Tips To Save Money Without Breaking A Sweat

Saving money can be overwhelming, but there are plenty of simple habits that can make the chore more efficient. Having a plan for what you’re saving for and how to do it can make the task not just simpler, but also more exciting! Read on for easy ways to save cash fast.

Wait 24-Hours Before Buying An Impulse Item

online-shopping
Hannes Edinger/Pixabay
Hannes Edinger/Pixabay

The internet has made it easier than ever to impulse buy. Doing so can put a huge dent in potential savings. Instead, make it a habit to wait 24 hours before getting something unplanned.

There’s no immediate need for something that you weren’t even planning on buying, and many sales last more than 24 hours. This gives you time to calm down from the initial excitement of an intriguing item and think through the cost.

Use Envelopes To Help Keep From Overspending

budget-envelope
H. Armstrong Roberts/Retrofile/Getty Images
H. Armstrong Roberts/Retrofile/Getty Images

An oldie but goodie trick for saving money is to budget using envelopes. Credit and debit cards can make it too easy to overspend since all it takes is the swipe of a card.

Instead, allot a certain amount of money to something and only take that much out in cash. Put the cash in an envelope and use it until it’s gone. Having something more tangible may help you avoid spending more than you intended.

Put Any Change Toward Savings

change
Katt Yukawa/Unsplash
Katt Yukawa/Unsplash

If you deal with cash often, then you’re bound to have coins collecting all over the place. Make a habit of depositing them directly into your savings. It may not seem like much, but a little change every day can make a huge difference.

For those who hardly ever deal with cash, some banks and apps have programs that automatically round every purchase up to the nearest dollar. They then deposit the difference straight into your savings!

Build Up Your Emergency Savings Gradually

piggy-bank
Michael Longmire/Unsplash
Michael Longmire/Unsplash

Different financial experts will advise having a different amount of emergency funds, but the general rule is to save 3 to 6 months’ worth. That can be extremely daunting, especially when it’s money that shouldn’t be touched unless absolutely necessary!

To make the task a little less intense, break it up into bite-sized milestones. To start, focus on just getting to $1,000, or even $500. Once you’ve achieved that, the sense of accomplishment will make it easier to hone in on the next milestone, and so on and so forth.

Think About Cost In Terms Of Time Not Money

timecard
marka/Universal Images Group via Getty Images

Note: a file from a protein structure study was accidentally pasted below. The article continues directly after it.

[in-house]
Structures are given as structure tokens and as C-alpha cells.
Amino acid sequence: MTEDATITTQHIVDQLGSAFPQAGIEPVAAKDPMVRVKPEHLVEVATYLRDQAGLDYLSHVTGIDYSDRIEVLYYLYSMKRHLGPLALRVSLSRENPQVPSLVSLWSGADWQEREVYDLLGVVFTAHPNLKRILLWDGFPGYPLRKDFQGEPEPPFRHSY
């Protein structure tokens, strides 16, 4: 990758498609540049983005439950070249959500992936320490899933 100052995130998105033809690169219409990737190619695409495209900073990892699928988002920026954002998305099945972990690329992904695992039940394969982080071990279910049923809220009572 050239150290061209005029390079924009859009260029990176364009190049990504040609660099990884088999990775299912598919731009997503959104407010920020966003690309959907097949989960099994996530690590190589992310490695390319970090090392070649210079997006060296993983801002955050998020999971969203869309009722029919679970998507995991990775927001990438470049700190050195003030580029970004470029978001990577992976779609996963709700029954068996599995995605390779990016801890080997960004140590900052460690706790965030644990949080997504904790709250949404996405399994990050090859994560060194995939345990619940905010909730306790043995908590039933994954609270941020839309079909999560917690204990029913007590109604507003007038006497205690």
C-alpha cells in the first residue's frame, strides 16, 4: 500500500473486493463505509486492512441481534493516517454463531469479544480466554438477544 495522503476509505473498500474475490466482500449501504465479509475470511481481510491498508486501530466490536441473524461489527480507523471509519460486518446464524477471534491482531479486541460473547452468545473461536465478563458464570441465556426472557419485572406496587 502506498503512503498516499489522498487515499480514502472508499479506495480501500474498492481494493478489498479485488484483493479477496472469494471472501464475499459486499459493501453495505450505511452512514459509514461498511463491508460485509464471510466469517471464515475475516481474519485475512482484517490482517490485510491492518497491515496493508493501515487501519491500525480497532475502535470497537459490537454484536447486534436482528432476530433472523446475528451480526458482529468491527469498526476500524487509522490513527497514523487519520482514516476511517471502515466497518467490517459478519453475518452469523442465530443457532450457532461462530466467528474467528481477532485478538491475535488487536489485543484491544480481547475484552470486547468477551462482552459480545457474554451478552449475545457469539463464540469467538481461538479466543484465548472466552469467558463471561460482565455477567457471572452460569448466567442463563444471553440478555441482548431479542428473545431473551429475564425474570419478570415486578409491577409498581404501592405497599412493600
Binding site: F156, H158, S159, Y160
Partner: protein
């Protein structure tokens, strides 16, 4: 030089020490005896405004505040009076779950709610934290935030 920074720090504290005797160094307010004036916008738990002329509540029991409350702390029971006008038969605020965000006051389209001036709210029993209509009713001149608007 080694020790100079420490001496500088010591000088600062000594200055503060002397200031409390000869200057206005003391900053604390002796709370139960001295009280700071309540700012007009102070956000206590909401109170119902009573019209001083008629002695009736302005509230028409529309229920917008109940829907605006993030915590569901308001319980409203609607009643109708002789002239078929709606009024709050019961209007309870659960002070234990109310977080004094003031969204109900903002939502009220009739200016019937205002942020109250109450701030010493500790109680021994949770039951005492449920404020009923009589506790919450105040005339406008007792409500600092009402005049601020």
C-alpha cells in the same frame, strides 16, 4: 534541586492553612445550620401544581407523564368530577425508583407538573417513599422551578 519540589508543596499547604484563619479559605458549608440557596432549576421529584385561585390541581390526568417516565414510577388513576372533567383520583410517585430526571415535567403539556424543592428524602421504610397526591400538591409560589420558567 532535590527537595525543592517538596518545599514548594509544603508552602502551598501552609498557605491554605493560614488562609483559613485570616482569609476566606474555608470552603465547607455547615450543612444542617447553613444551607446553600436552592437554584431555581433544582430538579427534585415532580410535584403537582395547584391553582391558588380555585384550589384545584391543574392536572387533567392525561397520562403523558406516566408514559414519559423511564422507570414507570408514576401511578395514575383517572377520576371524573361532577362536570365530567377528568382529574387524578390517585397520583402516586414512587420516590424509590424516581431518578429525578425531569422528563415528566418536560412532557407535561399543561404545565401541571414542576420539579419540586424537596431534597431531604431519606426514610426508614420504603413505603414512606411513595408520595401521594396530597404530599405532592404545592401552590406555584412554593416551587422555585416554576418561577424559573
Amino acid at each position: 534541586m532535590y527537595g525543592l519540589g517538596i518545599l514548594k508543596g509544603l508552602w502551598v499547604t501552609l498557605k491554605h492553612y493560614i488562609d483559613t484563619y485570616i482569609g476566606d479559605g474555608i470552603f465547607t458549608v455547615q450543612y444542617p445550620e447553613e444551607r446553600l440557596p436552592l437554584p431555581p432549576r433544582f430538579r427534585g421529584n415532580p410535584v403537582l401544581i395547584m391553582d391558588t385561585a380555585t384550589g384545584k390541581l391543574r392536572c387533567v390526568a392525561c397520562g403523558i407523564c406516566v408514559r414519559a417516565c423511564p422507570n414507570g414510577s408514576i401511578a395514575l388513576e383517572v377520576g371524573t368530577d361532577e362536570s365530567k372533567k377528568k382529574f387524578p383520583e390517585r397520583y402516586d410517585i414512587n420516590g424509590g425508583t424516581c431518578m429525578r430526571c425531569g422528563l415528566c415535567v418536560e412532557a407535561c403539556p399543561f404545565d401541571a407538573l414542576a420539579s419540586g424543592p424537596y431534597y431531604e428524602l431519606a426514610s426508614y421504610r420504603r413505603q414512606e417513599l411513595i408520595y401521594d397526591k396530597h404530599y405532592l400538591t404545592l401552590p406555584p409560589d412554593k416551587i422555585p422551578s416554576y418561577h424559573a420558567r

marka/Universal Images Group via Getty Images

When debating purchasing something, especially if it’s a sales item, it can be more productive to think about the cost in terms of time rather than price. For instance, that bag may be half off, but is its $30 price tag worth the hours of work it would take to pay for it?

In other words, take the amount that you make per hour and calculate how much work equates to the price of any given item to see if it’s really worth it.

Save The Same Amount You Spend

shopping
gonghuimin468/Pixabay
gonghuimin468/Pixabay

Part of the fun of life is treating yourself to something extra every now and again. To prevent overdoing it and to keep up your savings, try making a habit of saving the same amount you spend.

If you indulge in a special dessert, a trip to the nail salon, or an article of clothing, put the same amount into your savings after. It can actually be even more satisfying spending a little and saving a little.

When Unexpected Money Comes In, Save It

money-in-pocket
Schöning/ullstein bild via Getty Images
Schöning/ullstein bild via Getty Images

There’s nothing like finding cash in your pocket that you didn’t know was there! Instead of spending it, chuck it into your savings. The same goes with any other surprise income, such as competition winnings or tax returns.

Since the money wasn’t budgeted, odds are you probably don’t need it. If that’s the case, then it’s easy savings. If you want to treat yourself, then designate a low percentage of the extra money for spending, like 5-10%.

Make Larger Meals For Added Leftovers

Priscilla Du Preez/Unsplash
Priscilla Du Preez/Unsplash

Recipes can call for all sorts of ingredients that may not get used all at once and can end up going bad. To save time and avoid food waste, create a larger portion than you need for added leftovers.

This way the ingredients will get used up and you’ll be less tempted to eat out the next day. Portion everything out as soon as the meal is ready to avoid overeating and to ensure there’s enough left over.

Create Gift Spending Limits With Loved Ones

holiday-gift
Bob Dmyt/Pixabay
Kate Hliznitsova/Unsplash

The holiday season is one of the easiest times of the year to overspend. Trying to get lavish gifts for everyone can deplete your savings, but you still want to show you care.

That’s why spending limits can be a huge help. Come up with a cap that everyone agrees on to avoid breaking the budget without seeming inconsiderate. Another idea is to do white elephant gifts or secret Santa to avoid the pressure of getting something for everyone.

Eat Out A Little Less

Le Creuset/Unsplash
Le Creuset/Unsplash

Eating out may save time, but it also costs significantly more than making meals at home. Whenever possible, opt to make coffee at home, bring a lunch to work, and eat in instead of out.